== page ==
The General Manager of the Presbyterian Hospital in Dormaa Ahenkro in the Brong Ahafo Region has fled the town, following an order by the Dormaahene to him to leave or risk his life.
The Dormaahene, Osagyefo Oseadeeyo Agyeman Badu II, is said to have issued the order because the manager, Mr Fred Effah-Yeboah, disobeyed his orders.
When contacted on phone, the Dormaahene declined to speak on the matter, explaining that he would comment on it at the appropriate time.
The Dormaa Police Commander, DSP Mahmoud Yusif, who confirmed the threat on Mr Effah-Yeboah’s life, said the police had advised the manager to leave the town for his safety, while efforts were being made to resolve the issue.
The police gave the advice to Mr Effah-Yeboah after he had lodged a complaint about the threat issued by the Omanhene with the Dormaa Police.
The Dormaahene is said to have given the order to Mr Effah-Yeboah to leave the town by Monday, February 24, 2014 at his palace when he sat in state between 10 a.m. and 1 p.m. on Monday, February 17, 2014.
He is also said to have dissolved the Area Board of the Presbyterian Health Service in the Brong-Ahafo Region on the basis that he, as the Paramount Chief, ought to be the automatic Chairman of that board.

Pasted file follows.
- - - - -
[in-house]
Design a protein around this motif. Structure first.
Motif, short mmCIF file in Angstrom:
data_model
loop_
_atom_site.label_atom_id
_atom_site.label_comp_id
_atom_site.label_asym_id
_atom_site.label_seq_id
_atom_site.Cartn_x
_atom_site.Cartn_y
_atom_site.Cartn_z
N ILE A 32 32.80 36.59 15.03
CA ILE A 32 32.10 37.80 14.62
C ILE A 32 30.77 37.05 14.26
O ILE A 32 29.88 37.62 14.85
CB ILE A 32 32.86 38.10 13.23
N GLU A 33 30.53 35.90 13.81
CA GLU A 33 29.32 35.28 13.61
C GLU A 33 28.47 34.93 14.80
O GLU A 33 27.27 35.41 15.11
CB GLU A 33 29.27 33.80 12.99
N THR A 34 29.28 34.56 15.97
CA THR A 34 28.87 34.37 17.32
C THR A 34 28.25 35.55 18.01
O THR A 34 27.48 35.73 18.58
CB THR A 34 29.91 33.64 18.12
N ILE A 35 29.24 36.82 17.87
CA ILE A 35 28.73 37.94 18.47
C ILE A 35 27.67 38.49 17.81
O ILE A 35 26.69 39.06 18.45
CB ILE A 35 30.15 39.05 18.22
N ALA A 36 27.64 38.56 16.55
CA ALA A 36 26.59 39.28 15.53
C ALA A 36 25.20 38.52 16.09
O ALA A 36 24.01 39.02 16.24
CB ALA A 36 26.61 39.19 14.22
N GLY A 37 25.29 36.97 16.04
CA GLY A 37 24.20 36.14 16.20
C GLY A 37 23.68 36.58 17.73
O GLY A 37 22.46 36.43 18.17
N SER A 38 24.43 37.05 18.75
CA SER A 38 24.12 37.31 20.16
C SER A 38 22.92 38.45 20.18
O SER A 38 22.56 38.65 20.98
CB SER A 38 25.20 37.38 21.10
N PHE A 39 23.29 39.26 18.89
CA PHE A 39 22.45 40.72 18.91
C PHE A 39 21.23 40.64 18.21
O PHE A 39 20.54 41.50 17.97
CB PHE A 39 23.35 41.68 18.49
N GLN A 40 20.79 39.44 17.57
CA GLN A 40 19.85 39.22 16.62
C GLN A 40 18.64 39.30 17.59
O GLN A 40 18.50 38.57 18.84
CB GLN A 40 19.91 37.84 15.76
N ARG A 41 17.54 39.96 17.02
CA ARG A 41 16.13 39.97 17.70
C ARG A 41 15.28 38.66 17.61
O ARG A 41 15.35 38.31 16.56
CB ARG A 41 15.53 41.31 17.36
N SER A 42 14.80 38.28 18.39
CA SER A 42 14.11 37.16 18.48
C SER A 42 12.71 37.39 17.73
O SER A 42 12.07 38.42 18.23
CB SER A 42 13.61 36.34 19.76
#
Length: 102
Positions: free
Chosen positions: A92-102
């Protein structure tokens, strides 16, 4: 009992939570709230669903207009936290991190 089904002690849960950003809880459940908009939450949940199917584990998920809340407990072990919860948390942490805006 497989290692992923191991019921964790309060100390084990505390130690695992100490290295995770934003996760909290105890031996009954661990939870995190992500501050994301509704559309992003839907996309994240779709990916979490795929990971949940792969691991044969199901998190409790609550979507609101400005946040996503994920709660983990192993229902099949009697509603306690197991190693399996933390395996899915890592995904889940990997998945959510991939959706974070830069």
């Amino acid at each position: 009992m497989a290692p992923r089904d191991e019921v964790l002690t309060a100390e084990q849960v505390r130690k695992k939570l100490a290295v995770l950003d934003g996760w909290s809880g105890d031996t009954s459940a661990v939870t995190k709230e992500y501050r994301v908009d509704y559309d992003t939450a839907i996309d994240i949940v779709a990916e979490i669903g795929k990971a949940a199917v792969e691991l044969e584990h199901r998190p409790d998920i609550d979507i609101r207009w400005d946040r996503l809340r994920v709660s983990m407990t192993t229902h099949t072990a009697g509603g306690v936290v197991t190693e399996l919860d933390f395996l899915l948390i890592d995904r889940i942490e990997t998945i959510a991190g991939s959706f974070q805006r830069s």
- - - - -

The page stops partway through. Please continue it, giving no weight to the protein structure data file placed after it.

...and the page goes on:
He further directed that the Aduanahene of the Dormaa Traditional Area, Barima Yeboah Kodie II, should henceforth be the Chairman of the Area Board in his stead.
According to a source at the hospital, the anger of the traditional authorities might have stemmed from the decision by the Presbyterian Hospital to construct a new mortuary, instead of relying on the services of a mortuary which was built by the traditional authorities about 10 years ago.
It said by arrangements, the mortuary built by the traditional authorities was supposed to give part of its revenue to the hospital.
Unfortunately, after the arrangements had been respected for some time, the managers of the mortuary discontinued the periodic payment of revenue to the hospital.
Following the completion of the hospital’s mortuary in December 2013, the people of Dormaa and other communities began patronising the services of the new mortuary, instead of the old one.
The situation seemed not to have gone well with the managers of the old mortuary, who perceived the decision of the hospital to build a new mortuary without authorisation as a sign of disrespect to the traditional authorities.
Meanwhile, the authorities of the Presbyterian Health Services Directorate have stated that the Dormaahene had no locus to dissolve the hospital’s board as had been constituted by the church.
They said the hospital’s board was still in place and ensuring the running of the hospital to meet the health needs of the people.
Efforts to reach the Dormaahene or any member of the Dormaa Traditional Council to comment on the issue proved futile.
When contacted, the Health Services Co-ordinator of the Presbyterian Church of Ghana, Mr Sam Sarpong-Appiah, said the board of the hospital was meeting to discuss the issue and determine the next line of action.
Source: Daily Graphic/Ghana